Gillian Darley finds herself more uplifted than she expected by an exhibition of religious architecture
Although I wasn’t convent educated, my school days were steeped in endless religious observance, albeit of a decidedly lacklustre Church of England nature. I realise how fortunate were the Jewish and Muslim girls, granted leave of absence from the tedious daily round and allowed their own observance, or not. I would have been very happy to go for a pantheistic walk, but it was not an option.
In fact we were hardly ever in a space specifically designed for worship, far less anywhere spiritually or aesthetically uplifting. Now, decades on, those in charge of churches and chapels have learnt to be entrepreneurial as well as spiritual, willing to sing for their suppers (and roofs and spires and mod cons) and many faith buildings, whatever their designation, are often happy to open the doors to anyone seeking introspection, uplift or simply delight.
Congregation, the Architecture Foundation exhibition briefly showing in the undercroft at St Mary Magdalene, Paddington, offers a summary of 23 recent examples, both renovation and new-build.
In the words of the curators (Ellis Woodman and Rosie Gibbs-Stevenson) the exhibits are “the products of social, economic and cultural pressures that are specific to the present moment”.
Among these is the crypt itself, recently transformed into attractive, usable space by Dow Jones Architects. Like this, Christian examples tend to be adaptive work that can facilitate secular functions as well as worship, whereas the new centres commissioned by Muslim and Hindu groups are expanding religious architecture in Britain, alongside established congregations such as Reform Judaism or those that have been displaced such as the Belarusian diaspora who are building for their futures.
The schemes presented include the extraordinary ongoing ambitions of the White Eagle Lodge (founded 1936), an immense and well-endowed spiritual campus in Hampshire. New Lands is designed by James Gorst Architects as a series of pavilions, their geometry and disposition designed to reflect mankind’s connections to the earth and heavens, a very considerable ambition which, ley lines apart, also inspired the great cathedrals from Durham to Chartres.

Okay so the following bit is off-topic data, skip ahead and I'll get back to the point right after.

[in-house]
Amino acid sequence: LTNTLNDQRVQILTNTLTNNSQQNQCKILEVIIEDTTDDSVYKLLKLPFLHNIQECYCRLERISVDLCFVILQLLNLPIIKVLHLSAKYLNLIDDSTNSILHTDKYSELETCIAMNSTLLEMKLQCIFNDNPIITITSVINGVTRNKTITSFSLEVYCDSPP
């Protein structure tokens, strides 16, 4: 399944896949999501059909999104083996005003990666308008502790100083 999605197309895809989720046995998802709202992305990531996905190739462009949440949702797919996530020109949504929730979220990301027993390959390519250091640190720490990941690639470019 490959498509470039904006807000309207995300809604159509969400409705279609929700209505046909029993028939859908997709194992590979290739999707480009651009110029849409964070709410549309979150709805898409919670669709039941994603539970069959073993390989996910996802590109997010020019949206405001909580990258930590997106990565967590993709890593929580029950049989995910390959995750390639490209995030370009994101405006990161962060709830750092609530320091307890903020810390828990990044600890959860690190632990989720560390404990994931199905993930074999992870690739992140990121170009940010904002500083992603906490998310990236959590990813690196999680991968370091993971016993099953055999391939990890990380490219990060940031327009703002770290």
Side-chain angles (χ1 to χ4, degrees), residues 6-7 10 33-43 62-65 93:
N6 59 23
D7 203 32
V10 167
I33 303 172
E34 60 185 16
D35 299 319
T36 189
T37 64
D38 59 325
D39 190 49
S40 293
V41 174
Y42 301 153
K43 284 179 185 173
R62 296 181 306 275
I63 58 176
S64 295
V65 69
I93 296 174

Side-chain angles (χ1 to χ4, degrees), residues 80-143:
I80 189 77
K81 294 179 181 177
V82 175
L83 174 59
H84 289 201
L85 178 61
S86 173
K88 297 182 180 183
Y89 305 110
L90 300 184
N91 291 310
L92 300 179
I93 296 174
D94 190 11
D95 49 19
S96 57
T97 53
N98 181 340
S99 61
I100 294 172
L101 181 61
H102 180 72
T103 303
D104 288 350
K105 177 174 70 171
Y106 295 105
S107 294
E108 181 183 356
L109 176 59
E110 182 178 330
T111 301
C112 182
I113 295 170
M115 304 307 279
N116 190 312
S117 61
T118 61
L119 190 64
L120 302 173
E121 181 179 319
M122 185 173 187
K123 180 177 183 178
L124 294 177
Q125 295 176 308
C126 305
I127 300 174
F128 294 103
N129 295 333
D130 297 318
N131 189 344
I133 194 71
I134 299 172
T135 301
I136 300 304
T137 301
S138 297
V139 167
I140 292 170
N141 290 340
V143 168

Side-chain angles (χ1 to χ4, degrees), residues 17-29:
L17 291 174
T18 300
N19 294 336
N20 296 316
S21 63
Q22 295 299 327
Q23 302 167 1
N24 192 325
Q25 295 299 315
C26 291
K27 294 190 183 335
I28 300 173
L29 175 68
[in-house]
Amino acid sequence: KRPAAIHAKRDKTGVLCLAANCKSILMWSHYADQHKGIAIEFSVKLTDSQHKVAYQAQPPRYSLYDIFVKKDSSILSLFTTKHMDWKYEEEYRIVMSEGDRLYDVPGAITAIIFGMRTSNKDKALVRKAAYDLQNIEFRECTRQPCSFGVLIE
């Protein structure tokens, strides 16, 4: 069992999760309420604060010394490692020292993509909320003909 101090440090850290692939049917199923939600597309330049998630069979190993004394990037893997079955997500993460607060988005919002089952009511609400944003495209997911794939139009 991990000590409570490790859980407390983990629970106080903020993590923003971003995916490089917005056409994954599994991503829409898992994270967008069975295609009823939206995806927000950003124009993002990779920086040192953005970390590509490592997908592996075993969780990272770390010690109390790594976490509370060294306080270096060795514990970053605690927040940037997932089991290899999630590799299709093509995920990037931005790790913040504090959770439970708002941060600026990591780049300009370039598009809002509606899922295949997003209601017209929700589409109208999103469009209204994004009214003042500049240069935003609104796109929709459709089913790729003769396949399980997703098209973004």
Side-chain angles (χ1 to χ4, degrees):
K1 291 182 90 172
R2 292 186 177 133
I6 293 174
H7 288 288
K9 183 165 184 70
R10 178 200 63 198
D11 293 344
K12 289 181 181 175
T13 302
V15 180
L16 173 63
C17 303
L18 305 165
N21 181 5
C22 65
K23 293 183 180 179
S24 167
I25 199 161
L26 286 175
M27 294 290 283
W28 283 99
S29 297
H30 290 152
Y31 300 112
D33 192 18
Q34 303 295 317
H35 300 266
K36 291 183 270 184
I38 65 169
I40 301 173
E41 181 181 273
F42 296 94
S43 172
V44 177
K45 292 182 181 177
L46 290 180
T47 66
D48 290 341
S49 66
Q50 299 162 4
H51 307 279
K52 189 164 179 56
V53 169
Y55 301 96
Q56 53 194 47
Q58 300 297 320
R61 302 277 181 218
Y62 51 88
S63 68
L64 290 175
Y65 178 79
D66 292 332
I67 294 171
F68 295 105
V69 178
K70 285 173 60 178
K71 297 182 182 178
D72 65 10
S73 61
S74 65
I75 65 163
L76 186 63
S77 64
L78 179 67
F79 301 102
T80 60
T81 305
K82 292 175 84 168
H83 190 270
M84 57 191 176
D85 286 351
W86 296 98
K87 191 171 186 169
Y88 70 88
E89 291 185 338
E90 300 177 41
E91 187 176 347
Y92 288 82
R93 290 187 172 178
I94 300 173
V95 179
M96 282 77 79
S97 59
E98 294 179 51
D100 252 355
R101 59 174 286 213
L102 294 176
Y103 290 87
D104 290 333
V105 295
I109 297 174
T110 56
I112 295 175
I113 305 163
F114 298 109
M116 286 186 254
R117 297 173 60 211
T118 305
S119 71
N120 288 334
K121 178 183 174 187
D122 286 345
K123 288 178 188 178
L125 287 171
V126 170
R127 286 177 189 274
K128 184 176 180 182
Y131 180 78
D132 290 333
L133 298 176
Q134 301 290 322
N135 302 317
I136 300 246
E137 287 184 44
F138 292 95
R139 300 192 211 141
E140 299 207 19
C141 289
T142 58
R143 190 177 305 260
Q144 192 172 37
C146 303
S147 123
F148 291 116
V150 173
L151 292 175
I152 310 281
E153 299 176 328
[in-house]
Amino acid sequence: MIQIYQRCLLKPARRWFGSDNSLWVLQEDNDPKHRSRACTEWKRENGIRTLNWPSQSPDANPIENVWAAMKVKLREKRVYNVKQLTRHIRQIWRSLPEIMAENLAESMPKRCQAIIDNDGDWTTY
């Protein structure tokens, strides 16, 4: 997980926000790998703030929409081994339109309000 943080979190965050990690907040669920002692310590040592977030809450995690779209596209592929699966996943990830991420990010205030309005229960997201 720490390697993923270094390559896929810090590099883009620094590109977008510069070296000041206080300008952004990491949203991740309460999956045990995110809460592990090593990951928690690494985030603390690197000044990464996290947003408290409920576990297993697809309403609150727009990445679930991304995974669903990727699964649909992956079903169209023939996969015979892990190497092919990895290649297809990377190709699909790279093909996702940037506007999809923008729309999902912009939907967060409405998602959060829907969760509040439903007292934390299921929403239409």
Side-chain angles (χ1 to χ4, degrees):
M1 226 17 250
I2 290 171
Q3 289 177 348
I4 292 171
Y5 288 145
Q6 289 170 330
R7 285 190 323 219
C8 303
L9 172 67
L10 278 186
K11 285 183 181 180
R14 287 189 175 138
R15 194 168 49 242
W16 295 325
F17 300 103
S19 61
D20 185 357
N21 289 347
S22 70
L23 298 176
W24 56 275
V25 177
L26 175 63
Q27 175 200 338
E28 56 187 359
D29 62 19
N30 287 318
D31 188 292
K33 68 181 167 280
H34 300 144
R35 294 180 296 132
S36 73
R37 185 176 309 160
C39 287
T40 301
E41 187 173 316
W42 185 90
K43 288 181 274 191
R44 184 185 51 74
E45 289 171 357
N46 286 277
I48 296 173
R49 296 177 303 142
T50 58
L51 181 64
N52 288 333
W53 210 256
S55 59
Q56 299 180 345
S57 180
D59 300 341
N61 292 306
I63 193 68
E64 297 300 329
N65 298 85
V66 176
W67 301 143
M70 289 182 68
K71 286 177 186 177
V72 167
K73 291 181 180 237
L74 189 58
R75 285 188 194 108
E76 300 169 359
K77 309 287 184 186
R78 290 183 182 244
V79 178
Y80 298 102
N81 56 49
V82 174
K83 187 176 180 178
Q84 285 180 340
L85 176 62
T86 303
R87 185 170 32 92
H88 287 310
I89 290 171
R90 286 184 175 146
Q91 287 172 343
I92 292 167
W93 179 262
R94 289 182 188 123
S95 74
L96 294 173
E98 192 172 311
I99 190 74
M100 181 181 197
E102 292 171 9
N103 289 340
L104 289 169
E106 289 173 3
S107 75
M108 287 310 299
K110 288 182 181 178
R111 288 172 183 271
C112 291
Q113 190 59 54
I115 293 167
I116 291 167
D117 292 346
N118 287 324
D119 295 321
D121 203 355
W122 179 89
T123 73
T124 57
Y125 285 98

At the opposite extreme, with no fixed site and presumably a very modest budget, the Diocese of London has taken a huge imaginative leap in commissioning a floating community church from Denizen Works with boat builders Turks, initially to serve the emerging Olympic communities but which will be able to circumnavigate the canal system. The translucent walls are designed to be compressed as the craft passes under bridges, inspired alike by the bellows mechanism of an organ or the pop-up roof of an old VW Camper vans. Religion or even community action doesn’t come much more ingenious than this.
>> Also read: Technical Study: Floating church, London
>> Also read: Patrick Lynch’s Inspiration: St Peter’s Church, Klippan
The exhibition, designed and housed on a shoestring to great effect, gives an airing to the kind of initiative that comes easily to well-organised faith communities. Surprisingly enough, no modern Quaker meeting houses were represented (there are some distinguished examples) but remember that village churches, for all their usual advantages of site and architectural quality, were merely forerunners to local secular community buildings. Now, often enhanced by a cannily disguised kitchen unit and WC, they have returned to centre stage.
Faith buildings can signal to a wider, religiously disengaged public that they are concerned with the multiple problems of the moment, whether driven by the urgency of Grenfell Tower or locally displaced flood victims or merely dealing with the continual scourge of loneliness and destitution. What emerges from the exhibition is the power of design at the service of faith and, for that, let’s offer praise wherever it’s due.
Congregation is on at St Mary’s Magdalene in Paddington until 5pm on Saturday.